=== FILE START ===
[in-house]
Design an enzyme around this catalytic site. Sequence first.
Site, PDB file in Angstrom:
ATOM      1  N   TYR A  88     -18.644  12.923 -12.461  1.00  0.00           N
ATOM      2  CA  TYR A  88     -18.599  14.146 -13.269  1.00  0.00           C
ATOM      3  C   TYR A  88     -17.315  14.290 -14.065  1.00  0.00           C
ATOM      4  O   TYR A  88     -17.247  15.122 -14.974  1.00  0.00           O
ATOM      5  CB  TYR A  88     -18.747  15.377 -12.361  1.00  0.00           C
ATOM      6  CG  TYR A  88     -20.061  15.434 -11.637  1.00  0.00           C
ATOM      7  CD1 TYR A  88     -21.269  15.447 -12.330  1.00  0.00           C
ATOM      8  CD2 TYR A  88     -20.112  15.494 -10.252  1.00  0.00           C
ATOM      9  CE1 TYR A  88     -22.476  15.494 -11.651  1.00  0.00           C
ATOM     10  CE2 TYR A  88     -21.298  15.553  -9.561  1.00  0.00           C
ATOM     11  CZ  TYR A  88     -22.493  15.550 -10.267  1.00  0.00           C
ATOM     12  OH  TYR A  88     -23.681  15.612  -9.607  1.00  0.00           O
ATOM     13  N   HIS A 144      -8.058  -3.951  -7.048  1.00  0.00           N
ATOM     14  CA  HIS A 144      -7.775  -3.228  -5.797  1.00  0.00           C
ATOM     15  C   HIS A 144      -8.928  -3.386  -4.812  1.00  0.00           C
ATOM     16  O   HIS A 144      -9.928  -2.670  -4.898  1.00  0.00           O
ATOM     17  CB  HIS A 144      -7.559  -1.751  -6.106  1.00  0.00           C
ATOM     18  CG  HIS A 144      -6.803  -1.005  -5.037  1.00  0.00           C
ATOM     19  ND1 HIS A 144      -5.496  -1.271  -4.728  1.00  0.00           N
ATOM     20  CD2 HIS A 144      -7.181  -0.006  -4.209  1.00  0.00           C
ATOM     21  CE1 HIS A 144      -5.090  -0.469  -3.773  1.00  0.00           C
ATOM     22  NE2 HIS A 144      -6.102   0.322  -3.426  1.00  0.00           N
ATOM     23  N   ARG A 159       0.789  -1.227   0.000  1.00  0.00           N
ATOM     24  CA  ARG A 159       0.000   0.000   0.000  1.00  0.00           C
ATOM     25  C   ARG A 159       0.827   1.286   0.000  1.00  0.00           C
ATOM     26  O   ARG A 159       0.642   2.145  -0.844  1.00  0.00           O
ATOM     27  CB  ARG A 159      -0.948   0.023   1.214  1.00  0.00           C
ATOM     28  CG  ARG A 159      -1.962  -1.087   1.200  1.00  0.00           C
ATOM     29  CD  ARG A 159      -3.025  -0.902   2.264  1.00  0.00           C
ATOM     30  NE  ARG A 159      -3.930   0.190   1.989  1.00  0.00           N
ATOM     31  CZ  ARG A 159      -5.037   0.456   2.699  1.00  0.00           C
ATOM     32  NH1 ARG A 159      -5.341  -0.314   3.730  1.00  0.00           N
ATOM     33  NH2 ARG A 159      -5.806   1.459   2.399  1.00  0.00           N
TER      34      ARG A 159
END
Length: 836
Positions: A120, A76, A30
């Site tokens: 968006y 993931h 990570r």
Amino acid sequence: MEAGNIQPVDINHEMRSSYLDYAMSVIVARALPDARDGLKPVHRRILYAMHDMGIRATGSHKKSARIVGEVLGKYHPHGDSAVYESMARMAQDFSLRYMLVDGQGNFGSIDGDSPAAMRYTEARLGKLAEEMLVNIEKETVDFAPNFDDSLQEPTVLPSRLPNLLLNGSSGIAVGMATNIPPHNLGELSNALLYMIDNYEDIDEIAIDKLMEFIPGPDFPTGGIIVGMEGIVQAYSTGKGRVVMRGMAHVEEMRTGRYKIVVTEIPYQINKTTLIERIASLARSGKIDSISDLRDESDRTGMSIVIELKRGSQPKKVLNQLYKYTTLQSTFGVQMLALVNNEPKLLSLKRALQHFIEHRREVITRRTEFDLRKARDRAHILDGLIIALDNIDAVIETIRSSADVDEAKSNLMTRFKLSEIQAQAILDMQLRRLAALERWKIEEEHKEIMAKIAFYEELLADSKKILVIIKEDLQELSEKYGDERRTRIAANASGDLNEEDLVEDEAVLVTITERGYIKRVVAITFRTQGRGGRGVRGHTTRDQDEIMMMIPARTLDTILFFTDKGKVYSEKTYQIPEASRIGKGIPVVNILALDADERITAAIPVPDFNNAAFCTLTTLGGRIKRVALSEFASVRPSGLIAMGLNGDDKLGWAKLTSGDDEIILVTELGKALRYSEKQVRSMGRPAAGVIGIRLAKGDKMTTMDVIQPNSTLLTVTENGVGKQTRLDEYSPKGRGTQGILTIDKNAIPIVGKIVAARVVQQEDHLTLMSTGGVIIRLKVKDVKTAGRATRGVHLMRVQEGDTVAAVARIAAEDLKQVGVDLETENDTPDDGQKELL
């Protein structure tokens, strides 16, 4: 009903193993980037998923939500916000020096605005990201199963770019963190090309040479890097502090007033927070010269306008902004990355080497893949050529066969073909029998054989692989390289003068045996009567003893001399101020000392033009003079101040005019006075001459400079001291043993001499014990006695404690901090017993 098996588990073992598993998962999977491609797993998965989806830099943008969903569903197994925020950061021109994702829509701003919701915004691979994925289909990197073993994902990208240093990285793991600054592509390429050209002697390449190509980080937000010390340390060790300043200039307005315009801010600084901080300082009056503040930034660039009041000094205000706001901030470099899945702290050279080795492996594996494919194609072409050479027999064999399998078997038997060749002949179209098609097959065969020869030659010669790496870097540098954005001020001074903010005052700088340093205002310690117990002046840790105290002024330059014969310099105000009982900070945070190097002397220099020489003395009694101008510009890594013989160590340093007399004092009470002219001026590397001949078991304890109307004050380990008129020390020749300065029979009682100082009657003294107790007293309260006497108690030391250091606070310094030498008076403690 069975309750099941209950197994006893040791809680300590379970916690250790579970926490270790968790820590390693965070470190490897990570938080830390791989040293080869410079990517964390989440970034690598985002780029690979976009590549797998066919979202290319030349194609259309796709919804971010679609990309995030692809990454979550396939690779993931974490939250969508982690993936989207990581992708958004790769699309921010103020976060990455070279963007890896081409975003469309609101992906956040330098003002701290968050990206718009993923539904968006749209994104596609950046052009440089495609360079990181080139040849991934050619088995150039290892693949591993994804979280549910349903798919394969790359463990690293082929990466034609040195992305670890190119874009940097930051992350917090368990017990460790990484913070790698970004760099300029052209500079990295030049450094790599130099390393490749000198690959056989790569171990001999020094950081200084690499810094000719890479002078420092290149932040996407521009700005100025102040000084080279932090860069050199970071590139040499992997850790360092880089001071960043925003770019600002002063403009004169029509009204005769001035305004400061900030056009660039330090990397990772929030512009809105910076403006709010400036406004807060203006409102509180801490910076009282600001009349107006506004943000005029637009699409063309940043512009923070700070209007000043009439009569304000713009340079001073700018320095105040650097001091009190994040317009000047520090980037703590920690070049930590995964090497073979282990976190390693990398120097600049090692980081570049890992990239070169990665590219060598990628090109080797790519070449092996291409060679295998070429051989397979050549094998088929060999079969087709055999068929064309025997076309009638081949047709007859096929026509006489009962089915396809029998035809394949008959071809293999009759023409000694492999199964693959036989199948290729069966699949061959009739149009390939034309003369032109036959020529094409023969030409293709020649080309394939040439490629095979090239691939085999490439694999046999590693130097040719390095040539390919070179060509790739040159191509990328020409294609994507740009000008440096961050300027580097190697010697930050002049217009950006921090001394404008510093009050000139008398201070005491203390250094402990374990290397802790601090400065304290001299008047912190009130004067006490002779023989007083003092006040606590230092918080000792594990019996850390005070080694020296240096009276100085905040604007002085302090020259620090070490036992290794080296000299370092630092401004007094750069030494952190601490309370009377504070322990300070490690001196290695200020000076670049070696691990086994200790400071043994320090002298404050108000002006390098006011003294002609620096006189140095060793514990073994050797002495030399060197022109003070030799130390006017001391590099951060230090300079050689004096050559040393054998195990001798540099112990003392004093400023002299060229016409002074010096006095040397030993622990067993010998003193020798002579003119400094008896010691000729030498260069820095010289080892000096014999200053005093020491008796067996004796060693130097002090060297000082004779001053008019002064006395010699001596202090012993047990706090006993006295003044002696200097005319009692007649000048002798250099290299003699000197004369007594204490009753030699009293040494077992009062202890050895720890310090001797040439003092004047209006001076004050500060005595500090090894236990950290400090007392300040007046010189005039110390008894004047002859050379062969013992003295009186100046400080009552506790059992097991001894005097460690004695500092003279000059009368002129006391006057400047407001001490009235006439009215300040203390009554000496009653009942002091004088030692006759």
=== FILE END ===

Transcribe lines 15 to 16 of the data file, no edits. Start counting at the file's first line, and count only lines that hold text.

ATOM     12  OH  TYR A  88     -23.681  15.612  -9.607  1.00  0.00           O
ATOM     13  N   HIS A 144      -8.058  -3.951  -7.048  1.00  0.00           N